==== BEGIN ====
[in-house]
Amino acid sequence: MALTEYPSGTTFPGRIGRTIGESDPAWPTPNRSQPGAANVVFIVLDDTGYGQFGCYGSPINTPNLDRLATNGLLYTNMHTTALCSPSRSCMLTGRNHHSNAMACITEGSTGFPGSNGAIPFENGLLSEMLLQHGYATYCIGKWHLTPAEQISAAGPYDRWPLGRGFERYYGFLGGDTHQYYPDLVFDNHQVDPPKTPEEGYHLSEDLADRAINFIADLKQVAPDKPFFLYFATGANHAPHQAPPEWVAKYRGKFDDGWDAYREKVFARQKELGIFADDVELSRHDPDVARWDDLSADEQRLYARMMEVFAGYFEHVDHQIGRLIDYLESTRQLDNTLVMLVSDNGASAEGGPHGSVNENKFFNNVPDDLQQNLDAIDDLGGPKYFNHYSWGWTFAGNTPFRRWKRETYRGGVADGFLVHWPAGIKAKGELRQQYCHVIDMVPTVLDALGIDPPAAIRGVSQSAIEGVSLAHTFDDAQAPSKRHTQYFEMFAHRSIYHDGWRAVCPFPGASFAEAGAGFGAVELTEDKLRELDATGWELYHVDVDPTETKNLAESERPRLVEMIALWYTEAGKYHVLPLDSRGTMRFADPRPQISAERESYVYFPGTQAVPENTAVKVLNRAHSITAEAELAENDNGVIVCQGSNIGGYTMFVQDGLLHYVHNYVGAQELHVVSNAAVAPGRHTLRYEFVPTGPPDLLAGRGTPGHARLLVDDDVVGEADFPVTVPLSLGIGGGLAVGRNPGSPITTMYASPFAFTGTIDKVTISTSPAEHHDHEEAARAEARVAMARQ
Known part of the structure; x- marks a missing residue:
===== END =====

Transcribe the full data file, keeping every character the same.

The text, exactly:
[in-house]
Amino acid sequence: MALTEYPSGTTFPGRIGRTIGESDPAWPTPNRSQPGAANVVFIVLDDTGYGQFGCYGSPINTPNLDRLATNGLLYTNMHTTALCSPSRSCMLTGRNHHSNAMACITEGSTGFPGSNGAIPFENGLLSEMLLQHGYATYCIGKWHLTPAEQISAAGPYDRWPLGRGFERYYGFLGGDTHQYYPDLVFDNHQVDPPKTPEEGYHLSEDLADRAINFIADLKQVAPDKPFFLYFATGANHAPHQAPPEWVAKYRGKFDDGWDAYREKVFARQKELGIFADDVELSRHDPDVARWDDLSADEQRLYARMMEVFAGYFEHVDHQIGRLIDYLESTRQLDNTLVMLVSDNGASAEGGPHGSVNENKFFNNVPDDLQQNLDAIDDLGGPKYFNHYSWGWTFAGNTPFRRWKRETYRGGVADGFLVHWPAGIKAKGELRQQYCHVIDMVPTVLDALGIDPPAAIRGVSQSAIEGVSLAHTFDDAQAPSKRHTQYFEMFAHRSIYHDGWRAVCPFPGASFAEAGAGFGAVELTEDKLRELDATGWELYHVDVDPTETKNLAESERPRLVEMIALWYTEAGKYHVLPLDSRGTMRFADPRPQISAERESYVYFPGTQAVPENTAVKVLNRAHSITAEAELAENDNGVIVCQGSNIGGYTMFVQDGLLHYVHNYVGAQELHVVSNAAVAPGRHTLRYEFVPTGPPDLLAGRGTPGHARLLVDDDVVGEADFPVTVPLSLGIGGGLAVGRNPGSPITTMYASPFAFTGTIDKVTISTSPAEHHDHEEAARAEARVAMARQ
Known part of the structure; x- marks a missing residue: